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Minneapolis can't ban 'Redskins' name during Vikings game, city attorney says

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The city of Minneapolis doesn't have the authority to ban the use of the "Redskins" nickname when Washington's NFL team plays the Vikings at TCF Bank Stadium in a few weeks, the city attorney said Wednesday.

Officials at the city and the University of Minnesota have been exploring various options to prevent the Redskins nickname from being used at the stadium during the game on Nov. 2, because many believe it's racist and offensive to Native Americans.

But Minneapolis City Attorney Susan Segal said Wednesday Minneapolis has no jurisdiction over speech on property owned by the university because the school is a state — not a municipal — entity, MPR News reports.

The Vikings are playing their home games at TCF Bank Stadium at the U of M for the next two seasons while their new stadium is under construction.

The U of M has also been working with the Vikings to limit or ban the Redskins name and logo, but it may not have much success, either.

U of M President Eric Kaler has condemned the nickname as offensive, and has asked that it not be used in the stadium. But Kaler says the university’s facility-use agreement does not allow the school to dictate who the Vikings play or how they use the name.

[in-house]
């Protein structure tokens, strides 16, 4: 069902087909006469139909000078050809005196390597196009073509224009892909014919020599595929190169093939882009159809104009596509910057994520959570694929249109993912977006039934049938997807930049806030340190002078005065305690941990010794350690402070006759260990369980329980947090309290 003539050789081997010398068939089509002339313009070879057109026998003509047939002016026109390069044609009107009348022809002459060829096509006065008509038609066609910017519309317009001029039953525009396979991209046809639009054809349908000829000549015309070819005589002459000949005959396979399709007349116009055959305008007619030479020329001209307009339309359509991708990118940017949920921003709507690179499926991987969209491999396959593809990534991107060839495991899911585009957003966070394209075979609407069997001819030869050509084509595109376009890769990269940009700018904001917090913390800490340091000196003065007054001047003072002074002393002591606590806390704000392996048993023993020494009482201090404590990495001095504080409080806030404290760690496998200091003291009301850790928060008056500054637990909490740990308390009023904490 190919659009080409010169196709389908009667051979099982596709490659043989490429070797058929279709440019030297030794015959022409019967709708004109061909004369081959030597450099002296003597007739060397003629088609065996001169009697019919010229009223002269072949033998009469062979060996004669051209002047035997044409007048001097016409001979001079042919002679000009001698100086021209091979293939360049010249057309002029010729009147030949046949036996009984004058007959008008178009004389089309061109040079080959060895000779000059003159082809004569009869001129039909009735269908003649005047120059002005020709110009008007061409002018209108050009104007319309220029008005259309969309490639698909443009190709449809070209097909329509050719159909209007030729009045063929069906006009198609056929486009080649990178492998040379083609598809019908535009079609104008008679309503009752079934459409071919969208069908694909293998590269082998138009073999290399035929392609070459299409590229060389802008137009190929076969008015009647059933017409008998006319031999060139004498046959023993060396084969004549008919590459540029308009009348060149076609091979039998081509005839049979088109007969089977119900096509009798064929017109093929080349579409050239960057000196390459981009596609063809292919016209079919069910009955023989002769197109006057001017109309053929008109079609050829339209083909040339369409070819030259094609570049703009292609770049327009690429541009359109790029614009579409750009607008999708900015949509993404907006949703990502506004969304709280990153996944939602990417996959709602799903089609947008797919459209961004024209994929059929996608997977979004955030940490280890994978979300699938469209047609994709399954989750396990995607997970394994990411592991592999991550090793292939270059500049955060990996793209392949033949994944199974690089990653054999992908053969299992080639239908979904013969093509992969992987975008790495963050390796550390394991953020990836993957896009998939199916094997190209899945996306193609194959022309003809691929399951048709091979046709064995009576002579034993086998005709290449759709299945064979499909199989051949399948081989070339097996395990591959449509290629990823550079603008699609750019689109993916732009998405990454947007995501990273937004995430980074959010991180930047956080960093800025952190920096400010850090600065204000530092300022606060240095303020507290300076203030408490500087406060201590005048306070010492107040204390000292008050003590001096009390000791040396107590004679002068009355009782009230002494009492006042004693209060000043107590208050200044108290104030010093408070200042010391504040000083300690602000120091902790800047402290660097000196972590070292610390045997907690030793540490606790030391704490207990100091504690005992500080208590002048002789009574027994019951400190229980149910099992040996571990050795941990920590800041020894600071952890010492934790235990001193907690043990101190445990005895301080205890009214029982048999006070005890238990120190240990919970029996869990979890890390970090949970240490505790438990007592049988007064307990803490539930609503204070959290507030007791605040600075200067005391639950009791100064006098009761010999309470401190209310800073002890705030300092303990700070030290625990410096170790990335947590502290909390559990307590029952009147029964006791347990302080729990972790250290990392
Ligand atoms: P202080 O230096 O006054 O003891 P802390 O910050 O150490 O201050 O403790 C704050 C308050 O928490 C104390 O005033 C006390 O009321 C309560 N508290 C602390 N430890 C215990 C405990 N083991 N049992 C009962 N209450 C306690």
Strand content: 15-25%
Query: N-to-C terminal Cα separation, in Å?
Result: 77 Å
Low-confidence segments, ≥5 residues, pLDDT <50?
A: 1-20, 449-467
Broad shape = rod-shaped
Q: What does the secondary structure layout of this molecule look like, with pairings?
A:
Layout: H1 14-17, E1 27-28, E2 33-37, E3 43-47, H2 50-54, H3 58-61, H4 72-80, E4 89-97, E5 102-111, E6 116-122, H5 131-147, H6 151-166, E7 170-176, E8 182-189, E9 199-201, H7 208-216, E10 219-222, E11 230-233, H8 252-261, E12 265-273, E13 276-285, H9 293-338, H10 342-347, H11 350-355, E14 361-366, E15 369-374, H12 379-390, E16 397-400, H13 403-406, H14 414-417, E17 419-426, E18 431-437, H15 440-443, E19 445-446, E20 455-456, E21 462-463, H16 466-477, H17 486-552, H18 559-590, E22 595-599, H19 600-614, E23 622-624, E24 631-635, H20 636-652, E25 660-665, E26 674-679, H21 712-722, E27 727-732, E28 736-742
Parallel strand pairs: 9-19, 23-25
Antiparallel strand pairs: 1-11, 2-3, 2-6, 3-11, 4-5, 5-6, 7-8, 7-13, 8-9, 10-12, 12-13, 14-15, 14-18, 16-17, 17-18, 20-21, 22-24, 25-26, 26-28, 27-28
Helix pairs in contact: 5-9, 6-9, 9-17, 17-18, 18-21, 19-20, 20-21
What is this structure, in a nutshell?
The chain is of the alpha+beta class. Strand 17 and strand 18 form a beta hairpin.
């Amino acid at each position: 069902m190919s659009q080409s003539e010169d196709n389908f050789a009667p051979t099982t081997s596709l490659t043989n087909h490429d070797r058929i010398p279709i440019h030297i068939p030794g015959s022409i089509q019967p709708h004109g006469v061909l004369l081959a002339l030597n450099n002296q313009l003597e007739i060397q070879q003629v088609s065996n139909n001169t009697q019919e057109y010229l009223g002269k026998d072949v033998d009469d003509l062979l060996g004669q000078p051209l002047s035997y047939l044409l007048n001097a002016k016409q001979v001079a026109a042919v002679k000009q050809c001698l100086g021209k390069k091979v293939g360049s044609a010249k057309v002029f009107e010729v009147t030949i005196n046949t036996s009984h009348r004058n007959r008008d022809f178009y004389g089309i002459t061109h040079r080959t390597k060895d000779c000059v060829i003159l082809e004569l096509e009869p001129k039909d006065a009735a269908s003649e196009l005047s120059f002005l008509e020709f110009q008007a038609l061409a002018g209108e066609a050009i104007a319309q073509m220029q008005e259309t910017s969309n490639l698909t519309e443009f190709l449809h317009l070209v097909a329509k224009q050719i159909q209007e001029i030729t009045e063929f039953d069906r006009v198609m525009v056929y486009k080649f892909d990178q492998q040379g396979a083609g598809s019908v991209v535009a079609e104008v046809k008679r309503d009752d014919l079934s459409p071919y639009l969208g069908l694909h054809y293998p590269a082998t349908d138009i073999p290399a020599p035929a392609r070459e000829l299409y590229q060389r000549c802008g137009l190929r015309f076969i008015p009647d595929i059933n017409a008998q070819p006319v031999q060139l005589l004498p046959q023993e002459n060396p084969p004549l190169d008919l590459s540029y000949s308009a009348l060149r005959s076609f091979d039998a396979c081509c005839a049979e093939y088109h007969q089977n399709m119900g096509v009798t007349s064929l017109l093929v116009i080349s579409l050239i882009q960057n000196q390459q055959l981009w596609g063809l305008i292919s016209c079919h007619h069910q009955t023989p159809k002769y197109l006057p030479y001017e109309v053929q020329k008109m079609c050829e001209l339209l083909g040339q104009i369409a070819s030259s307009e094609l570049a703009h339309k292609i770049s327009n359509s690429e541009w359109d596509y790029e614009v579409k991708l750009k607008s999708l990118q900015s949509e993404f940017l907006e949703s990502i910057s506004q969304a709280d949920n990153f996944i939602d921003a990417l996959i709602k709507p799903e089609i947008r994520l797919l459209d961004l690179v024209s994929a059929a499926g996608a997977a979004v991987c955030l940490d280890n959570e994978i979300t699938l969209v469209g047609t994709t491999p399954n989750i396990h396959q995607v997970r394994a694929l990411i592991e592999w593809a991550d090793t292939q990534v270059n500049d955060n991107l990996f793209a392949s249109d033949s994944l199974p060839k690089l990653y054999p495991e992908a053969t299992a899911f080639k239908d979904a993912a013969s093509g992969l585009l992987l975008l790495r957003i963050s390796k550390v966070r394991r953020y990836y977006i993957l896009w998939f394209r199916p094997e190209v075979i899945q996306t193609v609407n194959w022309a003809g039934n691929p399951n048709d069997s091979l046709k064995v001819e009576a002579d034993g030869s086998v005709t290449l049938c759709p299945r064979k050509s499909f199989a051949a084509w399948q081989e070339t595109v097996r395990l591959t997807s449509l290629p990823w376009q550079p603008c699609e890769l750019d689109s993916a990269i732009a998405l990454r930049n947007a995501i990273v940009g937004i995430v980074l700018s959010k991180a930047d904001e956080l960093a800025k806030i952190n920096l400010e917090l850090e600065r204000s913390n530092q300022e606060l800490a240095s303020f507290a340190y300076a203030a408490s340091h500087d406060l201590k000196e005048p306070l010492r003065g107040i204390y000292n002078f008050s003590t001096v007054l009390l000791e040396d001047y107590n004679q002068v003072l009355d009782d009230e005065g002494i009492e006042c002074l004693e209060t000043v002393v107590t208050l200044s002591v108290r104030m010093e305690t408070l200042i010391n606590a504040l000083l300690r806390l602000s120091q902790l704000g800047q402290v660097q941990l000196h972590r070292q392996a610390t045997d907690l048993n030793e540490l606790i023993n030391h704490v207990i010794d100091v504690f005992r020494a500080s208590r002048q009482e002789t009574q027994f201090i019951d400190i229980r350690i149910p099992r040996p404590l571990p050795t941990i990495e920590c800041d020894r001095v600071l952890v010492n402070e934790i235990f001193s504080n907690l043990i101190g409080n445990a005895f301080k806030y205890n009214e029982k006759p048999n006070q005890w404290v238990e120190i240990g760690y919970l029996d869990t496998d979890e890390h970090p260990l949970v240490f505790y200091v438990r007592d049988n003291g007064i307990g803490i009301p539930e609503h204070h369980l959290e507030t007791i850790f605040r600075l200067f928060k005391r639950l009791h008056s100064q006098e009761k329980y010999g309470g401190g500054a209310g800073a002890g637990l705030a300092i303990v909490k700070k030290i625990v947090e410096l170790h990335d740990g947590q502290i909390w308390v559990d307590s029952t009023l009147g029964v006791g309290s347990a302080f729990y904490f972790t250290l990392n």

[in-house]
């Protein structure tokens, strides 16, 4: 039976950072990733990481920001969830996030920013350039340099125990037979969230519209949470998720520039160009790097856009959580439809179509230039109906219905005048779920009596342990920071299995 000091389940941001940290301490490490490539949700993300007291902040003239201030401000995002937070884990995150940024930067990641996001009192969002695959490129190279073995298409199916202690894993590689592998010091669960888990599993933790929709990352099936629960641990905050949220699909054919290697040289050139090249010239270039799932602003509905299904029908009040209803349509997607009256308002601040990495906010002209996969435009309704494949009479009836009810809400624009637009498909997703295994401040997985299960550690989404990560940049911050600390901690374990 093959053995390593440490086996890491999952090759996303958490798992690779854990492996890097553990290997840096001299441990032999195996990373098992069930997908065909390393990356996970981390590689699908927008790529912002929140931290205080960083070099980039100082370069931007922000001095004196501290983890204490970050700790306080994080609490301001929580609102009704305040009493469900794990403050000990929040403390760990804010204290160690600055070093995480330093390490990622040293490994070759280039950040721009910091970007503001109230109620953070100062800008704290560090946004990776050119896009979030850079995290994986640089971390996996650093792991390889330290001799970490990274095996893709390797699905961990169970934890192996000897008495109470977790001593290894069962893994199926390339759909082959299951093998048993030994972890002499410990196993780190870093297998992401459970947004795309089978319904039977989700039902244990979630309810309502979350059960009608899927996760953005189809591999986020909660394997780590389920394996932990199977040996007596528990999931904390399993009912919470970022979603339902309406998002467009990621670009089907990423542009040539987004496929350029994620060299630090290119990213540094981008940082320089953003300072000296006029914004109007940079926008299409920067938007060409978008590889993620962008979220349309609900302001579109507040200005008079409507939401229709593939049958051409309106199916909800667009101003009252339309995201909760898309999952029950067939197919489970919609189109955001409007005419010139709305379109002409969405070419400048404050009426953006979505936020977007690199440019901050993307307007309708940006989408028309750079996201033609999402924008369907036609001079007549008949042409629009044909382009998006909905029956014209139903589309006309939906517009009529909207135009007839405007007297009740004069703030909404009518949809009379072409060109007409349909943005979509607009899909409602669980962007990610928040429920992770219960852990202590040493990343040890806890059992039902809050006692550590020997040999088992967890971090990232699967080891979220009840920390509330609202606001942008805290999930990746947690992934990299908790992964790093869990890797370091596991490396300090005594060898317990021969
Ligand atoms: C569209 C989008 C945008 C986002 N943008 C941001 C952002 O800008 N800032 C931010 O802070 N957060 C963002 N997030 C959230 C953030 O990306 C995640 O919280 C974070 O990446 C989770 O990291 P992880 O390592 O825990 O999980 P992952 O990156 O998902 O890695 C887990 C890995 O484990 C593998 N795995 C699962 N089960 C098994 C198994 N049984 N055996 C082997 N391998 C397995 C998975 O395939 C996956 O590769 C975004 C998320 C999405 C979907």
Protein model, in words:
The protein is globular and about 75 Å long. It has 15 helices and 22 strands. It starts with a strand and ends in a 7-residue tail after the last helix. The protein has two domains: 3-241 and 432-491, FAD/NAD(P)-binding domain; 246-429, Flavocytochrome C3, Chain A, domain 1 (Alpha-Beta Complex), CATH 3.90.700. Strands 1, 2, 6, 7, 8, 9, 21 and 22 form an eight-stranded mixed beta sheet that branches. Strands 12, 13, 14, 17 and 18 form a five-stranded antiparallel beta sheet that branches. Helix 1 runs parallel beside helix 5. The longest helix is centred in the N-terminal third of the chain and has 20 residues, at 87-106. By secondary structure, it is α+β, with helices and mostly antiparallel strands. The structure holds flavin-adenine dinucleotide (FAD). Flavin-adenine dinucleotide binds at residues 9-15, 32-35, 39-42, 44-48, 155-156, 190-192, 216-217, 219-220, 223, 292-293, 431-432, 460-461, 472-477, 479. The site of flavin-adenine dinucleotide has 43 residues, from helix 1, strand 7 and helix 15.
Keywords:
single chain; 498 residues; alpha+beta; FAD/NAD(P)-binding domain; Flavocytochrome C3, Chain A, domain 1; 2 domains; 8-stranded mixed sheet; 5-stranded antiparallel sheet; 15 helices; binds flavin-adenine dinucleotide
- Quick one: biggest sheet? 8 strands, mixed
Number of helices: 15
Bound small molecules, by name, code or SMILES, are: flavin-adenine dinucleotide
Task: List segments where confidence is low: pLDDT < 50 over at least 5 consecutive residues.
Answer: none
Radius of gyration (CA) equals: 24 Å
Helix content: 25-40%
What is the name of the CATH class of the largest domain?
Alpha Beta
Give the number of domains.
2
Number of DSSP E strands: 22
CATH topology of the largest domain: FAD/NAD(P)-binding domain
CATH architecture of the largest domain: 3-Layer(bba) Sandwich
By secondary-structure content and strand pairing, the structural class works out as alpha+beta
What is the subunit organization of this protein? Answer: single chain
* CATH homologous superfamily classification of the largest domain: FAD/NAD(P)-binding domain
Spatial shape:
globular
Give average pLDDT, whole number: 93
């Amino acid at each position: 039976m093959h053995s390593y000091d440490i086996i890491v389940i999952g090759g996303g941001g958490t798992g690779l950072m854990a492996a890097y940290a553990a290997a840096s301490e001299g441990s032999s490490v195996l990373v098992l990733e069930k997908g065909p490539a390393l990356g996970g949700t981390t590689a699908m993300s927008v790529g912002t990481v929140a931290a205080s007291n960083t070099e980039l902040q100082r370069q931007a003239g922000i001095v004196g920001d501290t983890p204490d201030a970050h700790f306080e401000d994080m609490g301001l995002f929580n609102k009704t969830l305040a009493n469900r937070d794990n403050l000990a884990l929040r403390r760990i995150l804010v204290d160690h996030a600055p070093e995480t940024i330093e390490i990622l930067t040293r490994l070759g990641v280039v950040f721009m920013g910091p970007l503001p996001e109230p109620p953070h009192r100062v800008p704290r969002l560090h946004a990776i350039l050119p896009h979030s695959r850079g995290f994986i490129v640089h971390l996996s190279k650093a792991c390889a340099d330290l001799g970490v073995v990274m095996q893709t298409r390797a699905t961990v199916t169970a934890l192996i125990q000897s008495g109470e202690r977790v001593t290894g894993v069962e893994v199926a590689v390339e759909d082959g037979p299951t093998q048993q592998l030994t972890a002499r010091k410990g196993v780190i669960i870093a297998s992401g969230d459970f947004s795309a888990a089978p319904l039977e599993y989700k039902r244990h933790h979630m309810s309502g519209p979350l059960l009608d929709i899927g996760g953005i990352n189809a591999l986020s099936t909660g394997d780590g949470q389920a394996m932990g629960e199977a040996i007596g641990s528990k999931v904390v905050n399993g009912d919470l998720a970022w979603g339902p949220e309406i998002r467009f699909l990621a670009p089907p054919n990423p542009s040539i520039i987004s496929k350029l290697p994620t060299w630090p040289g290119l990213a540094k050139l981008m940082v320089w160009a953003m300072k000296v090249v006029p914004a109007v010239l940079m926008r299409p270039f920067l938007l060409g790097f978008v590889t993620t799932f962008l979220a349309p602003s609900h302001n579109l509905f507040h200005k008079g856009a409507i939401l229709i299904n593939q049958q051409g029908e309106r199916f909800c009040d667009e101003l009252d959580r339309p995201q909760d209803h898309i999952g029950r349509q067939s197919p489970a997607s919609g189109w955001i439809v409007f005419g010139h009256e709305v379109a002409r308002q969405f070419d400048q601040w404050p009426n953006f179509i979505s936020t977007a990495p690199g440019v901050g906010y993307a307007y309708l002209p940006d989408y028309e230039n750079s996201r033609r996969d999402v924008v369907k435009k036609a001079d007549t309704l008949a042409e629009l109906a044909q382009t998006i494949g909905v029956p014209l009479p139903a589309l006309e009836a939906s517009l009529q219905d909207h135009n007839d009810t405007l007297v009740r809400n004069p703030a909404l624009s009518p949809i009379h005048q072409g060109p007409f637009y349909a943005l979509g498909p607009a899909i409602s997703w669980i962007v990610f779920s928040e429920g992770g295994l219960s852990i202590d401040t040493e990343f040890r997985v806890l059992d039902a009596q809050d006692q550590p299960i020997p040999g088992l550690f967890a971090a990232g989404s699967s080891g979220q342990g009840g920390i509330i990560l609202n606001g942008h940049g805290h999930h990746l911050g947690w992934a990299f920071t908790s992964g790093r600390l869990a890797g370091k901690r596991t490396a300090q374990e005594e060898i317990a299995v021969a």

David Glass, president of the National Coalition Against Racism in Sports and Media (NCARSM), which is based in Minneapolis, said he has suggested to the Vikings that Native Americans be involved in the pre-game or halftime show, the Washington Post reported recently.

“While we take this issue seriously — it’s a significant issue in our state and our community, and we’re sensitive to the concerns raised — we’re also obligated to market the game,” Vikings spokesman Lester Bagley told the Washington Post recently.

The Vikings are paying the university $300,000 per game to lease the stadium.

The university announced earlier this month it will hold several days of programs to increase awareness of racial stereotyping ahead of the game.

Regardless of the outcome of those discussions, opponents of the nickname are planning what they hope will be the biggest protest yet against the nickname on the morning of the game.

The NCARSM is organizing the protest, which is scheduled for 10 a.m. at the Tribal Nations Plaza at the stadium, according to the group’s Facebook event.

Last year, when the Vikings hosted the Redskins, more than 700 people protested outside the Metrodome.

Washington team owner Daniel Snyder has said he will never change the name, which he contends honors Native Americans.

The nickname issue has been the subject of protests in other NFL cities, but it has touched a particular nerve in Minnesota for a variety of reasons: Minnesota has a substantial Native American population compared to other NFL cities -- about 100,000 Native American residents, according to the U.S. Census Bureau; November is Native American Heritage Month; and the Shakopee Mdewakanton Sioux Community donated $10 million toward the new football stadium, which has a plaza honoring Minnesota's 11 tribes.

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